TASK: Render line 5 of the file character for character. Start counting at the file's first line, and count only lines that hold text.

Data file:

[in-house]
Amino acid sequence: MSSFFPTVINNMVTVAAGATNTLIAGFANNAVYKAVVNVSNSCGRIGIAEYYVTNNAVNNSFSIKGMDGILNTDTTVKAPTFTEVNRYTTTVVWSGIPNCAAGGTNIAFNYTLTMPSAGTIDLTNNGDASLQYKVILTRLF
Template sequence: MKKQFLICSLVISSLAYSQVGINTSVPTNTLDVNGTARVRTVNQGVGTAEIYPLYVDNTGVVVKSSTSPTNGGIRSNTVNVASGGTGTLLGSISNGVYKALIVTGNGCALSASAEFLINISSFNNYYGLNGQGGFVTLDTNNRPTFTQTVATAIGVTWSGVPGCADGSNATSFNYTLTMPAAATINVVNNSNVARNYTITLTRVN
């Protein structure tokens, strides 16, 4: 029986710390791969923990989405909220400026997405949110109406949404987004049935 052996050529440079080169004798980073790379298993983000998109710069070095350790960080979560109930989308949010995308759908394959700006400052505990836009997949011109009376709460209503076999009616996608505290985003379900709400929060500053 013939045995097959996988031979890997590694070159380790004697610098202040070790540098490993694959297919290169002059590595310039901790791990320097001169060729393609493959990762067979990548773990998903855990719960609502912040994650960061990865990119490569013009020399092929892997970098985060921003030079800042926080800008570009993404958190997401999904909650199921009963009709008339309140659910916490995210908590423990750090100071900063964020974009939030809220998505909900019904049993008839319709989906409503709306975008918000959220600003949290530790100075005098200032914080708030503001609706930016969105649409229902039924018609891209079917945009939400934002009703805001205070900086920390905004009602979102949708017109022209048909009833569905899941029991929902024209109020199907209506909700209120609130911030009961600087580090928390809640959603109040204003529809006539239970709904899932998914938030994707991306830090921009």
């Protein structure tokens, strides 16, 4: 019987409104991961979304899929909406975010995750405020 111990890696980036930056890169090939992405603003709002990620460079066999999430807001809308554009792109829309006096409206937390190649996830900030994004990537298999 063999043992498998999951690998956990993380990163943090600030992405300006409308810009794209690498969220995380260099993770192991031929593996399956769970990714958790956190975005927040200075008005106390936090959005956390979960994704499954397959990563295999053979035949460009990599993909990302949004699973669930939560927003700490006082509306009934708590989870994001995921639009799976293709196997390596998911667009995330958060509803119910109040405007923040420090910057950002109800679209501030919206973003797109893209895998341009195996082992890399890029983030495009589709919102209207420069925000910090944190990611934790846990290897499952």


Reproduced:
């Protein structure tokens, strides 16, 4: 019987409104991961979304899929909406975010995750405020 111990890696980036930056890169090939992405603003709002990620460079066999999430807001809308554009792109829309006096409206937390190649996830900030994004990537298999 063999043992498998999951690998956990993380990163943090600030992405300006409308810009794209690498969220995380260099993770192991031929593996399956769970990714958790956190975005927040200075008005106390936090959005956390979960994704499954397959990563295999053979035949460009990599993909990302949004699973669930939560927003700490006082509306009934708590989870994001995921639009799976293709196997390596998911667009995330958060509803119910109040405007923040420090910057950002109800679209501030919206973003797109893209895998341009195996082992890399890029983030495009589709919102209207420069925000910090944190990611934790846990290897499952």